In the European information technology standards field, the European Commission is funding several Project Teams under the supervision of CEN/TC304 (Character Set Technology) to undertake new standardisation tasks related to European Localization Requirements, so that computer hardware and software takes account of user needs related to European languages and related issues.

As part of this work, the European Ordering Rules Project Team (EOR) began work on 2 February 1998, and consists of Håvard Hjulstad (Norway), Marc Küster (Germany) and John Clews (United Kingdom), with the aim of defining a default multilingual sorting order which can be used throughout Europe.

Before any "Euromyths" have a chance to arise, it should be made clear that this is NOT an attempt to impose a single sorting order on all computer users in Europe, but to provide a standard reference point which CAN be used as a pan-European order, but which will enable those developing and procuring IT systems with a simple means of specifying any different requirements related to existing national uses or any specific applications.

Because it will be based on user expectations and existing practices, the intended standard is likely to follow what most users already use, and to follow practices already prevalent in the IT industry. However, ordering rules in IT systems have been developed in isolation and the intended new reference point will help to enable more common practices to be developed, which will benefit European computer developers and computer users alike.

Initially, EOR will examine specific issues such as:

How EOR will operate

EOR is initially looking at how extended Latin, Greek and Cyrillic scripts should be sorted so that a European Standard can be developed to provide guidance on sorting European repertoires in UCS (ISO/IEC 10646 and Unicode), aimed both at end-users and computer system developers.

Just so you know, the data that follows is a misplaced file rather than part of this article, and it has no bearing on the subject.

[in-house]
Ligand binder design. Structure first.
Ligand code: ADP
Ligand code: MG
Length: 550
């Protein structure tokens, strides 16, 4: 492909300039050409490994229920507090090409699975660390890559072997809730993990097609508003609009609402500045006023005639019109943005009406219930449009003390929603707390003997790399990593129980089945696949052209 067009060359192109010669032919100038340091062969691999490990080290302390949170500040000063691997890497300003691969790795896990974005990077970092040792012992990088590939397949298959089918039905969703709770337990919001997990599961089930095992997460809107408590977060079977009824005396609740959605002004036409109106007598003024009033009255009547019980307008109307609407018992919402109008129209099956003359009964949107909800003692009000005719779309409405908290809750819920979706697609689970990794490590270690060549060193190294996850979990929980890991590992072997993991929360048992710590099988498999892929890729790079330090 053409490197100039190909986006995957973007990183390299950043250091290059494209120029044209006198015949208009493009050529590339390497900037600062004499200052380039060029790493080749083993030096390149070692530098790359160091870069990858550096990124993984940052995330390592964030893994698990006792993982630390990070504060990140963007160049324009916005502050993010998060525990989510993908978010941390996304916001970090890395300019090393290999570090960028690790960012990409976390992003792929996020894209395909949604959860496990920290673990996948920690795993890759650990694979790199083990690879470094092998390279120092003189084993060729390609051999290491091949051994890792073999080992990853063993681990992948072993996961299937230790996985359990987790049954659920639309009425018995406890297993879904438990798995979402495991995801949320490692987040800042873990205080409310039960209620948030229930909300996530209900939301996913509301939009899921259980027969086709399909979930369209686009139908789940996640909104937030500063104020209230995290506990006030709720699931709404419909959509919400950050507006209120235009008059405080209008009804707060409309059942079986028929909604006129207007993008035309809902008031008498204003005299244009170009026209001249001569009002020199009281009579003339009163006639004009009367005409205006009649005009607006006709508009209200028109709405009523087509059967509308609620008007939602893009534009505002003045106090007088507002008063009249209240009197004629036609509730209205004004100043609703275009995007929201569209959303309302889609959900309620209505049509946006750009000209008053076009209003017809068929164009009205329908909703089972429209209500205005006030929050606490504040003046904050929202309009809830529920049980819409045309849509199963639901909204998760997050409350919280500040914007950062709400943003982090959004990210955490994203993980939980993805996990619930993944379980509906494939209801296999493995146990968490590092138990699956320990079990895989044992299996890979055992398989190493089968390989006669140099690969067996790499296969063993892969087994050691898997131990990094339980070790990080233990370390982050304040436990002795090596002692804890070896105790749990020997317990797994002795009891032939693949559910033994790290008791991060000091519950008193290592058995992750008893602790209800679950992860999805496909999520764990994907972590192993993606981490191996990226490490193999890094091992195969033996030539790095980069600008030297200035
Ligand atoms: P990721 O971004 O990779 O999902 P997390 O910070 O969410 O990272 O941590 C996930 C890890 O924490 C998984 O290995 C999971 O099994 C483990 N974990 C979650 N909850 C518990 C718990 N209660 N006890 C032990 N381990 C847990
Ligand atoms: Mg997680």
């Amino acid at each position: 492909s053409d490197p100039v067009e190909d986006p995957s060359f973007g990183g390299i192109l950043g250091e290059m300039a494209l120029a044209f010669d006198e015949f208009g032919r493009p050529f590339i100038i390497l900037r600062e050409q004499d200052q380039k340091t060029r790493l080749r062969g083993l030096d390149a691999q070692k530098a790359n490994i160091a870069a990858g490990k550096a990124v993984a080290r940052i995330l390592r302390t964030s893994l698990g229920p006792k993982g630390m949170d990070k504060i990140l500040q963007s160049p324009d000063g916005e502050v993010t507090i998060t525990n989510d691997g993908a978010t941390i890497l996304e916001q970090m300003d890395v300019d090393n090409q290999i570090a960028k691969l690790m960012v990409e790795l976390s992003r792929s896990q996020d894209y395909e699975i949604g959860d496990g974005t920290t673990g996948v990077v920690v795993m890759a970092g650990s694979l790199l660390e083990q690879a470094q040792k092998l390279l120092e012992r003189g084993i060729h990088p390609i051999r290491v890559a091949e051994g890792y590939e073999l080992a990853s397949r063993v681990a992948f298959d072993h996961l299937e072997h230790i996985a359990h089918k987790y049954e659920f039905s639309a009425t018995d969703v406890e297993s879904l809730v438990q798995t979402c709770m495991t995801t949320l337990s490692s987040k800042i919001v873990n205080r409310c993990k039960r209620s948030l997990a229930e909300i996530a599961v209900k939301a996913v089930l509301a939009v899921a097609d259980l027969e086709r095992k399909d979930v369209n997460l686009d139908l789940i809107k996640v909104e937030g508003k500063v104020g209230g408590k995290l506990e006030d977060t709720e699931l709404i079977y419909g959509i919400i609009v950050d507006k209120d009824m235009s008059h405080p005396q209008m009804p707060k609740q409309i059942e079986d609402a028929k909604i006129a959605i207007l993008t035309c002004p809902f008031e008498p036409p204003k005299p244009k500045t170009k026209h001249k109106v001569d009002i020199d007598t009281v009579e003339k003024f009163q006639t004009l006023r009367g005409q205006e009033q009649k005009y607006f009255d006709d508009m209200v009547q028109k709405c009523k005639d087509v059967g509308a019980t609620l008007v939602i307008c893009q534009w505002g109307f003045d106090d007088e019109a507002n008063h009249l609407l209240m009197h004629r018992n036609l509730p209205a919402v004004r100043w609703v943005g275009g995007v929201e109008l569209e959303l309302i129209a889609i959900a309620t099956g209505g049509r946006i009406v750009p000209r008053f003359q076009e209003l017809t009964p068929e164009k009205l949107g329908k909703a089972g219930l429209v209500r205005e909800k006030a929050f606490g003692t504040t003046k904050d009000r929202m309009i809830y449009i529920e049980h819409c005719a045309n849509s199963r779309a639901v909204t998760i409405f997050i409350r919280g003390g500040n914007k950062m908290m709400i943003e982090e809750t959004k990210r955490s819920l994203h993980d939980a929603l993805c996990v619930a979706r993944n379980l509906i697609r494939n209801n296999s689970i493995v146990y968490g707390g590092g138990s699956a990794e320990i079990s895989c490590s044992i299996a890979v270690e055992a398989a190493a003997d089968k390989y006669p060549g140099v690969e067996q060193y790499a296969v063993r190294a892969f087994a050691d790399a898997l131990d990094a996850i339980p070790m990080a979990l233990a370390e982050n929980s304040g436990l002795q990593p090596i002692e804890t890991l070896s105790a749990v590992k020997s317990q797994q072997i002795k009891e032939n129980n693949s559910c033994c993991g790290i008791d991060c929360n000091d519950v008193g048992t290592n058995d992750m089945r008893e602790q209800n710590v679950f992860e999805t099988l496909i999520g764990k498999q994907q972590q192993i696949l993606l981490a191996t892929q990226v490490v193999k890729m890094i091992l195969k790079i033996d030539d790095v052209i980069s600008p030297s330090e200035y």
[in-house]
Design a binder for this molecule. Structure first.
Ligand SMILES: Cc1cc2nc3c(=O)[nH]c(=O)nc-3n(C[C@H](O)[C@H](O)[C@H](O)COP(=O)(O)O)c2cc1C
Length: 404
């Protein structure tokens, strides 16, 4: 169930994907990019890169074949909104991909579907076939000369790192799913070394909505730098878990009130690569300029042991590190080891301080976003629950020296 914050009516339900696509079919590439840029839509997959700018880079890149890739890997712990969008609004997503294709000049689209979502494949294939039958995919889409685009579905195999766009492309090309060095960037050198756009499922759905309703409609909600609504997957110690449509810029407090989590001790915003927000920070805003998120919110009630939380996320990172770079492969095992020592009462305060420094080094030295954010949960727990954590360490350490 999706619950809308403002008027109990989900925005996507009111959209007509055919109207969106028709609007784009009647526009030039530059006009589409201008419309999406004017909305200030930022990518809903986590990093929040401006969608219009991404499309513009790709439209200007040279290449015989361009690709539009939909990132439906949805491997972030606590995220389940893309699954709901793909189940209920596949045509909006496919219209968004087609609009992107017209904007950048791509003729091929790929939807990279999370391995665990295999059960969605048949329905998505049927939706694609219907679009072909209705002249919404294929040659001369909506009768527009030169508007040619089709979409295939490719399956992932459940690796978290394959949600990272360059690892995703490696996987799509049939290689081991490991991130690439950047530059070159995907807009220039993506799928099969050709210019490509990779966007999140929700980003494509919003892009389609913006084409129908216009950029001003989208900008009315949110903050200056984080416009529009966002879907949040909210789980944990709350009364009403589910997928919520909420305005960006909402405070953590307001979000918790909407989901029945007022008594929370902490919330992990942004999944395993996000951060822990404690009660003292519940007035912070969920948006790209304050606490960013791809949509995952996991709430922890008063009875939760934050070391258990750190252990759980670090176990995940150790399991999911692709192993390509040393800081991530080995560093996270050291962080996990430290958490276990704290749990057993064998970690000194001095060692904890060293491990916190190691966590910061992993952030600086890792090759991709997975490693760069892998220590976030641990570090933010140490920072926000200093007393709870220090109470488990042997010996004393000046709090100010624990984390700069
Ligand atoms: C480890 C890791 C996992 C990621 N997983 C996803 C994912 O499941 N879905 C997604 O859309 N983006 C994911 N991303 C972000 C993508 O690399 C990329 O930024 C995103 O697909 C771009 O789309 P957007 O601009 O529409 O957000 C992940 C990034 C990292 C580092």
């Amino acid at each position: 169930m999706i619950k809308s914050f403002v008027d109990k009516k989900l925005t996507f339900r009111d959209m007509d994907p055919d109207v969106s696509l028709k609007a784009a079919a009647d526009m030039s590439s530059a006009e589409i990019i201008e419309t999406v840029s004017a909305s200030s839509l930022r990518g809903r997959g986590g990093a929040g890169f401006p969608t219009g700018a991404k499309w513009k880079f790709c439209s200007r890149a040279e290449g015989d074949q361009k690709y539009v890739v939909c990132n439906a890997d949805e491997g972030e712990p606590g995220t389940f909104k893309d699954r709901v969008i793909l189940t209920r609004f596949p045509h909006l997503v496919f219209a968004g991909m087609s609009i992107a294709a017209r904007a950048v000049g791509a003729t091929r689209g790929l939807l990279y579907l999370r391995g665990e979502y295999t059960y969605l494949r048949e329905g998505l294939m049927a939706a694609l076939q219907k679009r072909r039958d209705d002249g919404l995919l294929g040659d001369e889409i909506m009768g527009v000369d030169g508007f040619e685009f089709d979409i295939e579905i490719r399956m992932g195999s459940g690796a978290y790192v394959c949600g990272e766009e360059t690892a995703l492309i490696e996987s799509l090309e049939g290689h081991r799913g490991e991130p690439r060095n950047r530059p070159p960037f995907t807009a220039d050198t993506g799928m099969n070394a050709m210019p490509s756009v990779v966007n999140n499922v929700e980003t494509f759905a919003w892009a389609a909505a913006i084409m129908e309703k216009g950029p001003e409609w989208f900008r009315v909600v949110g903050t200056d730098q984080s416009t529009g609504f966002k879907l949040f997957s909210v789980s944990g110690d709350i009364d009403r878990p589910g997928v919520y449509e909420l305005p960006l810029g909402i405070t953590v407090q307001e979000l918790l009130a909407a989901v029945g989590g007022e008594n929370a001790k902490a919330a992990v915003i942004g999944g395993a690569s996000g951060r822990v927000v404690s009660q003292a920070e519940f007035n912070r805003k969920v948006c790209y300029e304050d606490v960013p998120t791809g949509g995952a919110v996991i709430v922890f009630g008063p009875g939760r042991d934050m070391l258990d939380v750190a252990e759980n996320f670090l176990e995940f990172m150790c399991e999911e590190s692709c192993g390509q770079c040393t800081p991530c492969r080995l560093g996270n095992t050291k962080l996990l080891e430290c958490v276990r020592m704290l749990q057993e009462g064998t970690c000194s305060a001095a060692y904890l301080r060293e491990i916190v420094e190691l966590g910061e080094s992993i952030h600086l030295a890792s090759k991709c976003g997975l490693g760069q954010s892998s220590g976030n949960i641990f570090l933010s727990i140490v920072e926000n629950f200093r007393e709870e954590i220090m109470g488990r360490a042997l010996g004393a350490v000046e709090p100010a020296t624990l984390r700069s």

Surprisingly, there are no published international (ISO) or European (EN) standards on multilingual sorting as such, although various national and de facto standards provide relevant guidance on sorting specific languages and scripts.

A major rationale for multilingual ordering of European characters will be User expectations: what would users of the Latin, Greek and Cyrillic scripts, and symbols, find acceptable as a multilingual sorting order? For some purposes, computer users in Europe have already developed rules for sorting multilingual text and records, and EOR is anxious to receive details of any existing standards or practices which are developed or used by more than one institution, so that the Project Team's final recommendations will generally fall in line with user expectations of multilingual sorting in Europe.

EOR's work is intended to be very open. An initial open meeting was held in early February 1998 in Brussels during the CEN/TC304 meeting, and another one is planned during the next CEN/TC304 meeting in Reykjavik in June 1998. Email contact to and a web site are also intended to ensure open communication to as wide an audience as possible.

EOR Contact points

Author: John Clews
9 February 1998
John Clews, SESAME Computer Projects, 8 Avenue Rd, Harrogate, HG2 7PG
Email:; tel: +44 (0) 1423 888 432
Chairman of ISO/TC46/SC2: Conversion of Written Languages;
Member of ISO/IEC/JTC1/SC22/WG20: Internationalization;
Member of CEN/TC304: Character Set Technology;
Member of ISO/IEC/JTC1/SC2: Character Sets.